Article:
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Banks face Sh20m fine for cheating borrowers

Central Bank of Kenya Governor Patrick Njoroge at the MPC media briefing this week. PHOTO | DIANA NGILA | NMG
Central Bank of Kenya Governor Patrick Njoroge at the MPC media briefing this week. PHOTO | DIANA NGILA | NMG  

The Central Bank of Kenya (CBK) has published new regulations quadrupling the penalties that commercial banks will pay for failing to disclose the true cost of credit to customers, sustaining the pressure on the lenders already feeling the heat from the law capping interest rates.

The draft regulations on penalties for banks, mortgage companies and credit reference bureaus indicate that the CBK will impose the maximum penalty of Sh20 million for every violation arising out of customer complaints on charges and other cases of non-compliance with the Banking Act and Prudential Guidelines.

“Specific violations, which may be subject to assessment of monetary penalty under these regulations, include paying interest or return on deposits below the prescribed statutory minimum; failure to disclose total cost of credit or charges to a customer; imposition/increase of any charge on any product or service without prior written approval,” the CBK regulations say.

The new rules are meant to bring into force the Finance Act of 2016 that increased the fines for violation of the laws from the previous Sh5 million.

Individuals found in breach of the rules will pay a higher fine of Sh1 million up from Sh200,000.

Non-compliant banks will also pay aggravated daily penalty of Sh100,000 from Sh20,000 till the day of full compliance.

The new rules promise greater protection to bank customers, who have been suffering from arbitrary increases in charges and interest on loans as well numerous fees hidden in fine print.

The CBK says the penalties prescribed under the regulations will apply “to each and every violation and assessment of the penalty may be carried out for each and every single violation.”  

The previous law was silent on whether a fine imposed on a bank with multiple violations would be assessed individually or collectively.

Penalising violations individually could leave banks with huge bills in the event of complaints by a large number of customers.

The CBK, however, says any fine imposed will take into account the financial condition of the institution being fined so as not to paralyse it as a result.

The lenders will also face fines for charging interest on loans or other credit in excess of the prescribed statutory maximum and for recovering interest or other charges on non-performing loans in excess of the prescribed limit.

A number of banks have recently been reported to have sent notices to loan defaulters warning them that they would be hit with levies above the legal cap of 14 per cent, causing fear across the entire industry.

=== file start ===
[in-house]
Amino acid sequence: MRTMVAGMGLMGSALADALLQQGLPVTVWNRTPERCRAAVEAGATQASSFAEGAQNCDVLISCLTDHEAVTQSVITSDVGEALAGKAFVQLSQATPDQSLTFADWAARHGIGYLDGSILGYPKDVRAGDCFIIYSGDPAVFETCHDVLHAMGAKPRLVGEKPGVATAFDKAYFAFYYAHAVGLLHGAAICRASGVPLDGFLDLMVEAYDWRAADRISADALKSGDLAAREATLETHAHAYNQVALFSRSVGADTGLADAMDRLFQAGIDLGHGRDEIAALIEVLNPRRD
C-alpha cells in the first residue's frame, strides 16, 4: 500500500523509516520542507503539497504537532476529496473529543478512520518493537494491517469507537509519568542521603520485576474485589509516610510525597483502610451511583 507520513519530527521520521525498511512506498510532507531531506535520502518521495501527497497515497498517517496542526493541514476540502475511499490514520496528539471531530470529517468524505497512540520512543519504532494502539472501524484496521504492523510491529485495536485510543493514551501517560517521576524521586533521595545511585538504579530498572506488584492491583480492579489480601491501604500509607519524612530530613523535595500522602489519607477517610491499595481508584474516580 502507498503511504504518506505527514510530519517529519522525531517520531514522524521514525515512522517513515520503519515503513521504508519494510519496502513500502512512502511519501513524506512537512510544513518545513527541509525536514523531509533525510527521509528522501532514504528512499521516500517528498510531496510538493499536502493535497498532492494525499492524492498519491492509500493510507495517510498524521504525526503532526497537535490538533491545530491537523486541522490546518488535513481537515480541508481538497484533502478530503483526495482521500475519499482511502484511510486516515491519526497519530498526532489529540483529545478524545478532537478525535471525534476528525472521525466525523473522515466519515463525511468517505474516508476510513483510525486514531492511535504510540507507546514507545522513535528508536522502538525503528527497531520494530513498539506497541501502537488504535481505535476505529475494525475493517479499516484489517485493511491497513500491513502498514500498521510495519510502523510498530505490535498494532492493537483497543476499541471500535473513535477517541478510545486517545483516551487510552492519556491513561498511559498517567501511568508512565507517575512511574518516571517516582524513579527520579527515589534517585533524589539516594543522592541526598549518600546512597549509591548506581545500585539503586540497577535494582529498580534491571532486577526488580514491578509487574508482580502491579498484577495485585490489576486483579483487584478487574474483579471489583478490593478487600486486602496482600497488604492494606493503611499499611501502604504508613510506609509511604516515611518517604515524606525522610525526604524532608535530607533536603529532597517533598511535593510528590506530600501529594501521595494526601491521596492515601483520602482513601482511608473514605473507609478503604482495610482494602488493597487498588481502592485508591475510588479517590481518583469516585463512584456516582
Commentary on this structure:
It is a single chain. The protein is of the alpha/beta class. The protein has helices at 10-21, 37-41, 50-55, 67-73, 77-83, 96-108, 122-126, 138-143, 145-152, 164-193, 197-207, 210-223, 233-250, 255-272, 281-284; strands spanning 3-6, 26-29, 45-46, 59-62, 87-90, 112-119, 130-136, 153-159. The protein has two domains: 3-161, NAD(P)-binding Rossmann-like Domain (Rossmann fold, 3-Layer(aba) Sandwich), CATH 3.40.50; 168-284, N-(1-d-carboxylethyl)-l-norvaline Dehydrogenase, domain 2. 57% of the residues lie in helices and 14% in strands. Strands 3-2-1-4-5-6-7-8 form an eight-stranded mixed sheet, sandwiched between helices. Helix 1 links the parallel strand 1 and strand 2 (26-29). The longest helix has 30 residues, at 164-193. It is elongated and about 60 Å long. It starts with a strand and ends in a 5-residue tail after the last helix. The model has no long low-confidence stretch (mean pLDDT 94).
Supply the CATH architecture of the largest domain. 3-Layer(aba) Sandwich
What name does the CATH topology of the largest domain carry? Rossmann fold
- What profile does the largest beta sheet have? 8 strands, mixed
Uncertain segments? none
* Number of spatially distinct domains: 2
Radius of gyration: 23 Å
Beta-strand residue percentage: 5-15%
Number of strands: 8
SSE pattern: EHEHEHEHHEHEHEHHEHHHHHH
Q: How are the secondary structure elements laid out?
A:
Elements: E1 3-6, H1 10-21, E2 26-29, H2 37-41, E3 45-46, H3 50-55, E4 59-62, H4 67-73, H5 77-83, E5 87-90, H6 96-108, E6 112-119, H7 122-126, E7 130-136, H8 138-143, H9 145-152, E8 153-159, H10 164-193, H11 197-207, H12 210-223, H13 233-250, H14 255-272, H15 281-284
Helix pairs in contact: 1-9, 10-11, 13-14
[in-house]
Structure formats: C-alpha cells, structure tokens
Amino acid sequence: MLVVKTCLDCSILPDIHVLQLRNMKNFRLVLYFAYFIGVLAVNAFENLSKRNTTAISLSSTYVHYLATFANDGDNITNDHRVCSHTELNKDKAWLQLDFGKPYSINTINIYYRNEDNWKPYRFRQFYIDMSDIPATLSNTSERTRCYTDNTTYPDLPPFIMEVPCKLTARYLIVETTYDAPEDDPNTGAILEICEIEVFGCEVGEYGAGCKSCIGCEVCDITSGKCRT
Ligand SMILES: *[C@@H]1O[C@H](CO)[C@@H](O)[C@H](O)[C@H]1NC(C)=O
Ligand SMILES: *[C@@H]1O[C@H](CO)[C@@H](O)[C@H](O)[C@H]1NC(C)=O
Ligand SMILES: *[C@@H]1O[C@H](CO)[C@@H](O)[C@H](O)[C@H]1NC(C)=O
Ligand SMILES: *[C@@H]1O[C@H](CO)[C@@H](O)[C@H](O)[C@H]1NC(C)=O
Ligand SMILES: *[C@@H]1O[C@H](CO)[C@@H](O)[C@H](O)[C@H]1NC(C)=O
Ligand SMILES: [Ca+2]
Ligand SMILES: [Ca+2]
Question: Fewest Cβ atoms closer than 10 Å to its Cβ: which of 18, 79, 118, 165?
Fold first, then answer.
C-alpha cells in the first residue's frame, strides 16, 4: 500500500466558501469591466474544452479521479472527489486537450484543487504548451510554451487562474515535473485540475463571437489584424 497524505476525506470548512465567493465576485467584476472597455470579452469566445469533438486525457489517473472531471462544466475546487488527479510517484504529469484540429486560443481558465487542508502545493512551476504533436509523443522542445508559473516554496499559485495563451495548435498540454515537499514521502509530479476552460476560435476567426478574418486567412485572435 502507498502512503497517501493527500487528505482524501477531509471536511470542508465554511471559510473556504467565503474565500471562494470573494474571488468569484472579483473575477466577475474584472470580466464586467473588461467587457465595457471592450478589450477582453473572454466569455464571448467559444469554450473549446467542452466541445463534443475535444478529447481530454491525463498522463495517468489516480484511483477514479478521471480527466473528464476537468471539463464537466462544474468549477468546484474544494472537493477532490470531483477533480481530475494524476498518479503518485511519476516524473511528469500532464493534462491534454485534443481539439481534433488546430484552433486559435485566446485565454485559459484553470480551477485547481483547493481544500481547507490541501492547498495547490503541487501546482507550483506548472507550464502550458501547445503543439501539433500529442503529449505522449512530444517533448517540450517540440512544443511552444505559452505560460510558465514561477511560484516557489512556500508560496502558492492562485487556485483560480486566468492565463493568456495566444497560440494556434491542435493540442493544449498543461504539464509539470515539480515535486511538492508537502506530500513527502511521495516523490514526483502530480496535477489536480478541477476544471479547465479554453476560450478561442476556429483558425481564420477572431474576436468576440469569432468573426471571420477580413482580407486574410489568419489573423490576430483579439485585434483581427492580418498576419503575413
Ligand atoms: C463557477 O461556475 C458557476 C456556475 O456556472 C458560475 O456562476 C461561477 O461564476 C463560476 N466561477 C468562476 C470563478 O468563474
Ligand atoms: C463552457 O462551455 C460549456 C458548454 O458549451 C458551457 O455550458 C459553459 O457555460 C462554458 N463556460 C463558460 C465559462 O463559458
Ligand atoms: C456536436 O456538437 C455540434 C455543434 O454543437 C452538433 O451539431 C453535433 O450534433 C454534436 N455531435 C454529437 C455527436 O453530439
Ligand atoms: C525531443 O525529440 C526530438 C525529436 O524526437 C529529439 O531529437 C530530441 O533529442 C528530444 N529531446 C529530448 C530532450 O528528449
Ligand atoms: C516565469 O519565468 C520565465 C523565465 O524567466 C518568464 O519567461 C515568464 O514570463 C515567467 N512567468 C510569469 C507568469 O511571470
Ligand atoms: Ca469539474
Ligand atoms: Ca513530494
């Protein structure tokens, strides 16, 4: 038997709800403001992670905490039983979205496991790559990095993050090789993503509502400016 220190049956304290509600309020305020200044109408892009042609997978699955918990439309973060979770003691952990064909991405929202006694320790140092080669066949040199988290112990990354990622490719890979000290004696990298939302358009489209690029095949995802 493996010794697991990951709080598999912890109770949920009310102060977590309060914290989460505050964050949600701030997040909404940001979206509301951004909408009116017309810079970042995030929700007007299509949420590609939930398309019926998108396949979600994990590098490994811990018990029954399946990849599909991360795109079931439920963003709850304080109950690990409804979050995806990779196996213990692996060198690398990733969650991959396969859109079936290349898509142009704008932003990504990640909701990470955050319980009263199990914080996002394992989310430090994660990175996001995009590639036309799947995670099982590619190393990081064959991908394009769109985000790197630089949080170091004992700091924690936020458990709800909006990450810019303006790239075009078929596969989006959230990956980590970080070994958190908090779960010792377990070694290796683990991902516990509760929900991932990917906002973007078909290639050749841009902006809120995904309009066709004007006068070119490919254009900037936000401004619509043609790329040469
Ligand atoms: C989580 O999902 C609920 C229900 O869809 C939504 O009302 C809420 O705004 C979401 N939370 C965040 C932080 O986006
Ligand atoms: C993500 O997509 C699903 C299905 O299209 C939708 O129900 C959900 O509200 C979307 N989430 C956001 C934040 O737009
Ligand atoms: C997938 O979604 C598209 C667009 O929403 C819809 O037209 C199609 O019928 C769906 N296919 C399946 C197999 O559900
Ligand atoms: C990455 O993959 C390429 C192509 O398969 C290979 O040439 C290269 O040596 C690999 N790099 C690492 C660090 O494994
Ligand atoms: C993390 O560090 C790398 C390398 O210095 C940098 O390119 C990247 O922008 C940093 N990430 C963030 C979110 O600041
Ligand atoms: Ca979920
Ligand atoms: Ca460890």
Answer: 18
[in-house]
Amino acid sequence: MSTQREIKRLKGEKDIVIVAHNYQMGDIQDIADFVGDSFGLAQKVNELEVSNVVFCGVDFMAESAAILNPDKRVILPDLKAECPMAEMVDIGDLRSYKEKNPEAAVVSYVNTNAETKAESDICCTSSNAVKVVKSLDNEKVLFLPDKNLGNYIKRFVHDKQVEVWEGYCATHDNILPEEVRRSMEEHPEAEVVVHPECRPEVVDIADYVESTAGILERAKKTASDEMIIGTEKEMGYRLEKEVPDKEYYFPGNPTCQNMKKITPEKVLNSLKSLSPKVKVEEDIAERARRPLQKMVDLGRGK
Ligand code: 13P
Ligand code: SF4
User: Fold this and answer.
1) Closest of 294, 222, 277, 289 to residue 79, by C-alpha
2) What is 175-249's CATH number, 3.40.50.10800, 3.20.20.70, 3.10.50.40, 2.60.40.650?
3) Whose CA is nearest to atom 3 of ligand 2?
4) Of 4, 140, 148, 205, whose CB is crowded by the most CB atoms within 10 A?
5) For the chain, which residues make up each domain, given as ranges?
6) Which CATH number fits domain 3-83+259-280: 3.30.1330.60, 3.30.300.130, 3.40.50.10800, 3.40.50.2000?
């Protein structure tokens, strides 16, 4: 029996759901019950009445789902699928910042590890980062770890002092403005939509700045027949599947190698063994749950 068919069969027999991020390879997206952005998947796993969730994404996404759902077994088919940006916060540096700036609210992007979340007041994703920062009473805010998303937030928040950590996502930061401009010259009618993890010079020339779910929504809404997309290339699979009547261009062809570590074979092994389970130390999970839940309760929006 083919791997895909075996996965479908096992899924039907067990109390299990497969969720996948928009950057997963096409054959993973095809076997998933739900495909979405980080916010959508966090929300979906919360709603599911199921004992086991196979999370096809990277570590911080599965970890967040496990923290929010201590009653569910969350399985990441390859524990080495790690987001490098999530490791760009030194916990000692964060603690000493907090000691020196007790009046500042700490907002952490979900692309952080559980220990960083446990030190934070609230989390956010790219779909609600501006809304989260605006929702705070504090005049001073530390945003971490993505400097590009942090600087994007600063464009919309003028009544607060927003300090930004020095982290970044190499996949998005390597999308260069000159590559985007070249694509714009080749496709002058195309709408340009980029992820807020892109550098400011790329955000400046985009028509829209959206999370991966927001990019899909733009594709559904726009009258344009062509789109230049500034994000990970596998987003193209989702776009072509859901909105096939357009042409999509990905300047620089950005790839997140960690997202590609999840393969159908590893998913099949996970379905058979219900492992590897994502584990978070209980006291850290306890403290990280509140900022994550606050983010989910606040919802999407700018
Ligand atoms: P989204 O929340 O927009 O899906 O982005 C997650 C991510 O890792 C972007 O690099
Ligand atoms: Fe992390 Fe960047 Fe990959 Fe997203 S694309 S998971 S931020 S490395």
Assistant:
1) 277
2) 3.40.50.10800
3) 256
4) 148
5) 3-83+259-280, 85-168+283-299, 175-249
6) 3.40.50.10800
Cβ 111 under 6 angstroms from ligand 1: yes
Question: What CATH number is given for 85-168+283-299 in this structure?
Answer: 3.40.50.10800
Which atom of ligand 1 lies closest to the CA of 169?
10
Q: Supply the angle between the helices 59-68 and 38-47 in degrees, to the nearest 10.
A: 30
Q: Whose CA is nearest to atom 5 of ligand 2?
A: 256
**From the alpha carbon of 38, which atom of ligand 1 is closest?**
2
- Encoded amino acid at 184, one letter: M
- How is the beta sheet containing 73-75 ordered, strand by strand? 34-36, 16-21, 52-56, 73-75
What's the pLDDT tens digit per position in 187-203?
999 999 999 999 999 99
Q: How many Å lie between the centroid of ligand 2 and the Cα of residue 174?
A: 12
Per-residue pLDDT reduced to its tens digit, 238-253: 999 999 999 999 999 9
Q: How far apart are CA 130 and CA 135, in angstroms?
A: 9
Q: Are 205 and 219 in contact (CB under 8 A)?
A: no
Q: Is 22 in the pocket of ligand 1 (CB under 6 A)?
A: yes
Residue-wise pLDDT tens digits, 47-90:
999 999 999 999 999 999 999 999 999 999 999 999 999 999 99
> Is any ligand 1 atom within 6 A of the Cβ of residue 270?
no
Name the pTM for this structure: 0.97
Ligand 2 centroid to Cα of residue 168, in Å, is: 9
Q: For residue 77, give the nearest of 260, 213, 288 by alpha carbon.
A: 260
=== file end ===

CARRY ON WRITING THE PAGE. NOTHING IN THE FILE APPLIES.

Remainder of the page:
The rate cap law that came into force last September is silent on levies to be charged on defaulters, a position the banks saw as a loophole to charge additional interest on credit.

The proposed measures are contained in a letter that the CBK has written to chief executives of banks asking for their input by the end of this month.

They came to light on the same day CBK governor Patrick Njoroge disclosed yesterday that the regulator had rejected 13 out of 16 commercial bank request for permission to increase charges.

“Since September 2016 we have had something like 16 requests for fees, imposition of a fee or adjustment in fees or request for approval for fees. We have only approved three,” said Dr Njoroge at a press briefing in Nairobi.

“Those three (requests) have been new services, new products. We are holding the other 13 (requests) in abeyance.”

The banks’ quest to impose higher levies is typical of their reaction to the rate cap law, which has cut interest earnings, leaving higher fees and commissions as the only means of growing income from lending operations.

A number of bank customers have since September complained to the CBK that the lenders had imposed arbitrary charges or unilaterally converted their savings accounts into transactional accounts, making them lose the benefits that were accruing from the savings.

On Tuesday, Dr Njoroge insisted banks need to review and scrap all “nuisance fees”, saying such moves have had a significant negative effect on customers.

Banks have recently moved closer to disclosure of total cost of credit with the launch of a new website that shows interest, charges and third party costs on a customer’s loan or mortgage.

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